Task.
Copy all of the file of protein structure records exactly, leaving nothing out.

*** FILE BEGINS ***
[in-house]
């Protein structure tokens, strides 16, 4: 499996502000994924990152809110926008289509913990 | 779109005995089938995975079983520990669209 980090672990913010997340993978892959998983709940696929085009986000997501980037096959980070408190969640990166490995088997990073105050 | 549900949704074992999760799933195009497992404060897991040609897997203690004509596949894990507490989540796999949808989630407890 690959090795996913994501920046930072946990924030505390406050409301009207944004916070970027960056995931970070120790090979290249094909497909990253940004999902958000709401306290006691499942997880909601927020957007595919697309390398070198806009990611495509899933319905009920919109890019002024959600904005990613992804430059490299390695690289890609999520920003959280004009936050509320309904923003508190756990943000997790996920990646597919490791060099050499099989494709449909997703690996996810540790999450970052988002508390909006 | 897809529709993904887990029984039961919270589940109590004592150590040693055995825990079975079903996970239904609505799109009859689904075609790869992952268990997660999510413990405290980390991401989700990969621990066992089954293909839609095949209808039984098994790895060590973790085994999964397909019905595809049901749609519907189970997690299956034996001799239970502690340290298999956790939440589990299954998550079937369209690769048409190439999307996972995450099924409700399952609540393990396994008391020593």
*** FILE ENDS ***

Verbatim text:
[in-house]
């Protein structure tokens, strides 16, 4: 499996502000994924990152809110926008289509913990 | 779109005995089938995975079983520990669209 980090672990913010997340993978892959998983709940696929085009986000997501980037096959980070408190969640990166490995088997990073105050 | 549900949704074992999760799933195009497992404060897991040609897997203690004509596949894990507490989540796999949808989630407890 690959090795996913994501920046930072946990924030505390406050409301009207944004916070970027960056995931970070120790090979290249094909497909990253940004999902958000709401306290006691499942997880909601927020957007595919697309390398070198806009990611495509899933319905009920919109890019002024959600904005990613992804430059490299390695690289890609999520920003959280004009936050509320309904923003508190756990943000997790996920990646597919490791060099050499099989494709449909997703690996996810540790999450970052988002508390909006 | 897809529709993904887990029984039961919270589940109590004592150590040693055995825990079975079903996970239904609505799109009859689904075609790869992952268990997660999510413990405290980390991401989700990969621990066992089954293909839609095949209808039984098994790895060590973790085994999964397909019905595809049901749609519907189970997690299956034996001799239970502690340290298999956790939440589990299954998550079937369209690769048409190439999307996972995450099924409700399952609540393990396994008391020593």